Tuesday, December 23, 2008

This is not separation of church and state

Our country has a so-called "separation of Church and state." Now, there are a myriad of opinions as to how this is found in the Constitution (it's not) or how it should be applied through the protection clause of the 14th amendment. Whatever it is, it is clear that there is no state coercion with regards to the churches or its membership.

Now, the left wants the US to emulate Western Europe because it is so enligthened and progressive and everything is better over there. Really? Well, one thing you WON'T have in the US if we follow Western Europe's lead is this: SEPARATION OF CHURCH AND STATE. And that would be bad. How bad is it? Well, take a look at this article of something happening in Germany:

Reserve Christmas Service Pews for Paying Congregants, Politicians Say
Tuesday, December 23, 2008
By Patrick Goodenough, International Editor

Berlin Cathedral, the German capital's biggest church, is handing out seat passes to members for Christmas Eve services. (Photo: Berliner Dom site)(CNSNews.com) – Germans who attend church only on high holidays such as Christmas should not be allowed to take pew space from regular church members, two politicians are insisting.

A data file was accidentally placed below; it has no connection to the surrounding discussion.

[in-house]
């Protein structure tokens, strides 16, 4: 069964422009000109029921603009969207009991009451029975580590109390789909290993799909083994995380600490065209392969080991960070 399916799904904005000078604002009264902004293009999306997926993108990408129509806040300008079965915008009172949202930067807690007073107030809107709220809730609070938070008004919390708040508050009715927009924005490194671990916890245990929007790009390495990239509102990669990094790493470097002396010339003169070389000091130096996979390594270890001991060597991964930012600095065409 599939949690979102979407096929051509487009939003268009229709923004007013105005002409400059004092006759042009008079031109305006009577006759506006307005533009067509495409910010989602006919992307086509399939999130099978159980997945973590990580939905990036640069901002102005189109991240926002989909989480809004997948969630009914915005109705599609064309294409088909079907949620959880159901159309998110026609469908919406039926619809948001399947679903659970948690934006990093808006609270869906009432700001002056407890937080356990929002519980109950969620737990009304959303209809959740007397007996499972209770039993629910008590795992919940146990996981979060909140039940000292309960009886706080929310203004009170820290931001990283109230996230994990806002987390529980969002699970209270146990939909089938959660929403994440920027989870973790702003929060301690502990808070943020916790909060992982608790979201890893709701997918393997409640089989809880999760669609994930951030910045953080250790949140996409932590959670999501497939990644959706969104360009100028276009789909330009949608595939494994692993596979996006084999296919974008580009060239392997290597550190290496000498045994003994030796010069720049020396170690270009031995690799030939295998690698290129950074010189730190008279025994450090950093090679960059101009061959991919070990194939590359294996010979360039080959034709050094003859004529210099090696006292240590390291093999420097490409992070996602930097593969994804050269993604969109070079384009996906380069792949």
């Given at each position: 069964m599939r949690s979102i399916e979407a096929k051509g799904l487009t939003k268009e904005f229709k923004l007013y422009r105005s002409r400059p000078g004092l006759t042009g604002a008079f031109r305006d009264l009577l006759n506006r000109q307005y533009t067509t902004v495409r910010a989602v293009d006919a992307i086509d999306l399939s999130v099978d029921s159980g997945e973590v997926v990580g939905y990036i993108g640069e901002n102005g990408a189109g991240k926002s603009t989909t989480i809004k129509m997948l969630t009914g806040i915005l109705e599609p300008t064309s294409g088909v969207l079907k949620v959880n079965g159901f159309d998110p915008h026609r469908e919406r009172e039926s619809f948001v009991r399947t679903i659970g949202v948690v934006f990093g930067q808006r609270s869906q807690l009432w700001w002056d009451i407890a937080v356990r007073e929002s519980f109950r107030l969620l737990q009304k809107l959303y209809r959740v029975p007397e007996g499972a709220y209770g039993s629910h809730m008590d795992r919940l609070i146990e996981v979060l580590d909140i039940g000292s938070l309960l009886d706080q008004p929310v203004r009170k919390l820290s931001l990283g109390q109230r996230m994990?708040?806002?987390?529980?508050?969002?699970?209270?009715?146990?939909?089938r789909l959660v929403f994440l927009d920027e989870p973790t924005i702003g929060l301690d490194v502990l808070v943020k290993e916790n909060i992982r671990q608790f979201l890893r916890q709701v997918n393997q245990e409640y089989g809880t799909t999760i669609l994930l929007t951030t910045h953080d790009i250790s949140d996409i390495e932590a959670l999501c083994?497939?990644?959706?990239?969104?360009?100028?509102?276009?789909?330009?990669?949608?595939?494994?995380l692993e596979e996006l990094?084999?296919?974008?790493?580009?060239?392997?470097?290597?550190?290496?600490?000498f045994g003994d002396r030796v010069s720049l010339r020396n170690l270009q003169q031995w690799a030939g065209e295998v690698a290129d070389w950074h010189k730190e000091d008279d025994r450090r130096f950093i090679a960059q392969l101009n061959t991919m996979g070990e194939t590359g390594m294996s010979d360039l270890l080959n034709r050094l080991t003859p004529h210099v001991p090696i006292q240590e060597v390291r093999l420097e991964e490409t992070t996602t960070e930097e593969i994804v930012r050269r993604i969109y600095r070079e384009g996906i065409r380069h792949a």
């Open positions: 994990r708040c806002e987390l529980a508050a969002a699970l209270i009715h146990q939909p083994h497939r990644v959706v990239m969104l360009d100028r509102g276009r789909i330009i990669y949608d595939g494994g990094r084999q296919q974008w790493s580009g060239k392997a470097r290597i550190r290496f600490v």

Seating room at the popular Christmas Eve services should be reserved for those who pay church taxes, Thomas Volk of the ruling Christian Democratic Union (CDU) and Martin Lindner of the Free Democrats told the Bild newspaper on Tuesday.

“I’m in favor of having church services on December 24 open only for people who pay church tax,” said Volk.

“Those who pay church taxes shouldn’t be like idiots locked out of their own churches during important services,” Lindner said. “Congregation members should be allowed to reserve seats ahead of non-members.”

Protestant and Catholic Church budgets in Germany are largely covered by taxes paid by all members of the respective churches, deducted automatically by the state. The right of recognized churches to tax members is enshrined in the constitution. Germans may opt out, but to do so they must also officially relinquish their membership.